Reproductive Urbanism, Urban Reproduction
The historical making of modernity took material shape through urbanization. Modernity, based on the ideologies of racial capitalism, colonial heteropatriarchy, and human exceptionalism, is expressed through the socio-ecological relations, which were defined by governance through urban planning and realized through the economies of construction. This included the organization of labor, housing, mobility, institutions of education, health, and culture as well as spatial provisions for public life and leisure.
The built, material, and spatial processes of modern urbanization were based on the paradigms of production, growth, innovation, and progress. Consequently, these paradigms have become natural to what is considered important to cities and urban transformation: cities need to grow, be productive, to be innovative, and progressive.
Since the beginnings of modernity, feminist political thought and activism have drawn attention to the fact that the specific labor, which is essential to life and survival, has been structurally made precarious through dominant economic, societal, and political structures. These structures have devalued life-making practices and have rendered those who perform this labor as unfree, dependent, exploited, and excluded from full participation in political, social, and cultural life. Following Marxian thought, this labor is reproductive labor.
The survival of cities as a whole depends on urban reproductive labor, in short on urban reproduction. Globally, this labor today is classed, gendered, racialized, and sexualized.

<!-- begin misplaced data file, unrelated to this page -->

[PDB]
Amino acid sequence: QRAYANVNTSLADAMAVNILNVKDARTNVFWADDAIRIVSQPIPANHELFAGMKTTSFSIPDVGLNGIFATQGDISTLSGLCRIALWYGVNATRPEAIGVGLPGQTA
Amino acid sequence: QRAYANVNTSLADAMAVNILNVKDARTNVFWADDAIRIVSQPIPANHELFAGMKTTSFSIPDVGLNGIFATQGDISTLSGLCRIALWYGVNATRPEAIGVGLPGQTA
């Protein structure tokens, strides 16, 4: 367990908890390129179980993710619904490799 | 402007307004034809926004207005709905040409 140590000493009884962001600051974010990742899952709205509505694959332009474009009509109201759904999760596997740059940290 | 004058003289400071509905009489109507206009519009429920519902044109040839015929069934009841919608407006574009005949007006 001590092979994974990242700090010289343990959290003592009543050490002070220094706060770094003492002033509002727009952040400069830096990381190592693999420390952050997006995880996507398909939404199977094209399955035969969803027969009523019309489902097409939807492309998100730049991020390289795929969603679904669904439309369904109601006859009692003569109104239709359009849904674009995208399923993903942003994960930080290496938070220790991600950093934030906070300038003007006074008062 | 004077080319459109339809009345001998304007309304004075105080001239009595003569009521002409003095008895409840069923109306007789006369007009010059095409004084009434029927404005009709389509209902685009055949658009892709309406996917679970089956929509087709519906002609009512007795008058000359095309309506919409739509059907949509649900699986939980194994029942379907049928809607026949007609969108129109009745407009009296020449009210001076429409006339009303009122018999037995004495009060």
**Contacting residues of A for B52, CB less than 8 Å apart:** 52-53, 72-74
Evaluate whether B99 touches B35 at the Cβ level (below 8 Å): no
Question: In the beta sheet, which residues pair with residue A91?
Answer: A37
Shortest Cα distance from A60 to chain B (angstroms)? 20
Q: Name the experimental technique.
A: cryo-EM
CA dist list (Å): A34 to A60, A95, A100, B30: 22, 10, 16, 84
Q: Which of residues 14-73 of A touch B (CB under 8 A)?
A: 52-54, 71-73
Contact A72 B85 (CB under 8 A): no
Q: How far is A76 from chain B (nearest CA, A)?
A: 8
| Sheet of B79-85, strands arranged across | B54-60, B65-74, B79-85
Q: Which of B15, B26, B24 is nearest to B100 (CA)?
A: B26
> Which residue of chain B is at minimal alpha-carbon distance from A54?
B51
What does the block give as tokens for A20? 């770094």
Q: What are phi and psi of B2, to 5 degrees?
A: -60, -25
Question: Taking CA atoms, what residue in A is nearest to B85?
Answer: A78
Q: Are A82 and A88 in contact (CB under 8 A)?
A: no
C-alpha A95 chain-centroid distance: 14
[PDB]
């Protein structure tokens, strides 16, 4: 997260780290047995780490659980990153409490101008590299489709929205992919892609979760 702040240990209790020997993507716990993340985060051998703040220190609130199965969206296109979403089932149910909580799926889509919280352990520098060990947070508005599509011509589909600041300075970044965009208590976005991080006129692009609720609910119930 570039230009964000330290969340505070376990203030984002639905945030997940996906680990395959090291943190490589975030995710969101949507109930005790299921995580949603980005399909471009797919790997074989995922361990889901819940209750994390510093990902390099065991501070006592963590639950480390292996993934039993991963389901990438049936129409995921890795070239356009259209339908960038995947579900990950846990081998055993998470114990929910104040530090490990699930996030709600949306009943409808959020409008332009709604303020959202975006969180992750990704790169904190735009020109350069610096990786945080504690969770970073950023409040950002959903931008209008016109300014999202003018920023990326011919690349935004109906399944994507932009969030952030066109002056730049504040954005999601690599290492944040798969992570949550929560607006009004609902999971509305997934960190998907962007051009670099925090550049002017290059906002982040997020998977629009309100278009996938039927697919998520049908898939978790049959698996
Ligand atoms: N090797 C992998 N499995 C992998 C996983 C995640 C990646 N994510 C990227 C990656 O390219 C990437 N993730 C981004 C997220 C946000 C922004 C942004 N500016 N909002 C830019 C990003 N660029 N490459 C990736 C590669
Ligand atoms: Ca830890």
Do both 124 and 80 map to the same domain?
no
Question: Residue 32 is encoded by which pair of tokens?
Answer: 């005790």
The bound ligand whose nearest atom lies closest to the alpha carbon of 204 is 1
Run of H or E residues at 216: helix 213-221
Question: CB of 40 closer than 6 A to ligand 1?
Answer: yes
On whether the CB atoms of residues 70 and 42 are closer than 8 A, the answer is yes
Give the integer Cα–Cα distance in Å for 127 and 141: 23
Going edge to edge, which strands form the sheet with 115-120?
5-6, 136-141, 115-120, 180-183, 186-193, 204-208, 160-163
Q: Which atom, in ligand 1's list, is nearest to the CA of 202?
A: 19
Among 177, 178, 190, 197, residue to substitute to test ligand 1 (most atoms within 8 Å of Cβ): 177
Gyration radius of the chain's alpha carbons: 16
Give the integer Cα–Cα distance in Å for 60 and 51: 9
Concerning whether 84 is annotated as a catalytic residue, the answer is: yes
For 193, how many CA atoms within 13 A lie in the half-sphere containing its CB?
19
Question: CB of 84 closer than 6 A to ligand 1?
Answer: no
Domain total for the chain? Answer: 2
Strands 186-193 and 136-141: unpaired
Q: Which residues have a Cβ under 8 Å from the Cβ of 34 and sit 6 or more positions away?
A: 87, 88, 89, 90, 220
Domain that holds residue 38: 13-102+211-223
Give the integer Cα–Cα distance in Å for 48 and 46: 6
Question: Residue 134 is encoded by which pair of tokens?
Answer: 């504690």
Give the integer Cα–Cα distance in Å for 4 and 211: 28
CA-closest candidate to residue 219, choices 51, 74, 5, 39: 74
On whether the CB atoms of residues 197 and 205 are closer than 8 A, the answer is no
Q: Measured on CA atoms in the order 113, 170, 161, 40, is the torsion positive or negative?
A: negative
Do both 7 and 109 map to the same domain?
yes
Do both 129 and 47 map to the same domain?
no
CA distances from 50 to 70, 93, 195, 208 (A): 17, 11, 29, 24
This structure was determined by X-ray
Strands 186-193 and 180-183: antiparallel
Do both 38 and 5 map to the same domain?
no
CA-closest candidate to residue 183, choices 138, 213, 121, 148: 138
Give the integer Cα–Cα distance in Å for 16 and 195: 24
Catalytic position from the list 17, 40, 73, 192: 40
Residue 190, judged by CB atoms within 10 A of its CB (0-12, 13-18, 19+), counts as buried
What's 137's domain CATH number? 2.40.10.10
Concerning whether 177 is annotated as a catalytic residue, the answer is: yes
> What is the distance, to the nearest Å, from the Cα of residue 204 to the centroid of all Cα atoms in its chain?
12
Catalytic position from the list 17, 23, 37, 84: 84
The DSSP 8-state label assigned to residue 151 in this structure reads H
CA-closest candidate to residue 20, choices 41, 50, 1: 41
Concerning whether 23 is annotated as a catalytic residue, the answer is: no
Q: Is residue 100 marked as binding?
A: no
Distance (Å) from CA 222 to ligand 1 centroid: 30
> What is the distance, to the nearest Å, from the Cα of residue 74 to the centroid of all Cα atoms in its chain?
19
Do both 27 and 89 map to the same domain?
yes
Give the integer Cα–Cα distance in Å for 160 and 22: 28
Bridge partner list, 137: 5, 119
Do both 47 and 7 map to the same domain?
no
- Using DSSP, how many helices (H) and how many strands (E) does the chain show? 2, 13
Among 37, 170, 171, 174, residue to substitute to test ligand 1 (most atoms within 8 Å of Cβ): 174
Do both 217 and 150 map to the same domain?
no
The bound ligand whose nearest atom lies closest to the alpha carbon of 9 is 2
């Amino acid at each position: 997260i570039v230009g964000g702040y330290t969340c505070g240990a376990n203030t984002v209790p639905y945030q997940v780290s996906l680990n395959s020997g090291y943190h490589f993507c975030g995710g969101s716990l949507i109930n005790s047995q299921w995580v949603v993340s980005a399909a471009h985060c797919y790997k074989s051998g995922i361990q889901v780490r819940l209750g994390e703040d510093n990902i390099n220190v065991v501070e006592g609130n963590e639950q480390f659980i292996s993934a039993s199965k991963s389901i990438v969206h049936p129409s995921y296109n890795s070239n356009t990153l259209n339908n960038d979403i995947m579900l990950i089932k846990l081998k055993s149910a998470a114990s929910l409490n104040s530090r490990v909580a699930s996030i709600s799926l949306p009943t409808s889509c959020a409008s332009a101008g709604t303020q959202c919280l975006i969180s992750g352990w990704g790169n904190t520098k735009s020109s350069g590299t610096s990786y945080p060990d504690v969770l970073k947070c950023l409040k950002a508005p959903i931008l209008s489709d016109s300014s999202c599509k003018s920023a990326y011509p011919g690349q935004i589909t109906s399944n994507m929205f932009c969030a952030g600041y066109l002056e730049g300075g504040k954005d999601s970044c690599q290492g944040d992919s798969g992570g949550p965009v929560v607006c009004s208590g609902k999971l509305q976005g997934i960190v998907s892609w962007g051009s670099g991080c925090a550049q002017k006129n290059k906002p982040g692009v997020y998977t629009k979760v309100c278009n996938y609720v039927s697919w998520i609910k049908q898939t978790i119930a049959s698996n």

Across cities as a whole socio-ecological reproduction sustains lives, environments and physical, technological, or digital infrastructures. Urban reproduction is needed at all scales and at all times to sustain the lives of urban dwellers and to keep cities going in infrastructural terms. Present-day and future economic and political change has to start from the interdependency in reproduction. Only if the value of urban reproduction is made central in political and economic terms, the conditions of those who produce urban reproduction will change.
Urban Practice can contribute to this change through research by understanding sites as reproduced in material, ecological, and immaterial dimensions. The historical and contemporaneous study of material, ecological, infrastructural, and immaterial urban reproduction of sites can help understand cities through the lens of reproduction. Some sites are better cared for than others, other sites are made precarious through structural carelessness and lack of investment in urban reproduction. Urban Practice can also contribute to changing urban reproduction by practicing this essential labor differently with all those that form part of the sites on which Urban Practice unfolds and takes place.
Elke Krasny, PhD, Professor for Art and Education and Head of the Department of Education in the Arts at the Academy of Fine Arts Vienna. The 2019 exhibition and edited volume Critical Care. Architecture and Urbanism for a Broken Planet, curated and edited together with Angelika Fitz, introduces a care perspective in architecture addressing the anthropocenic conditions of the global present.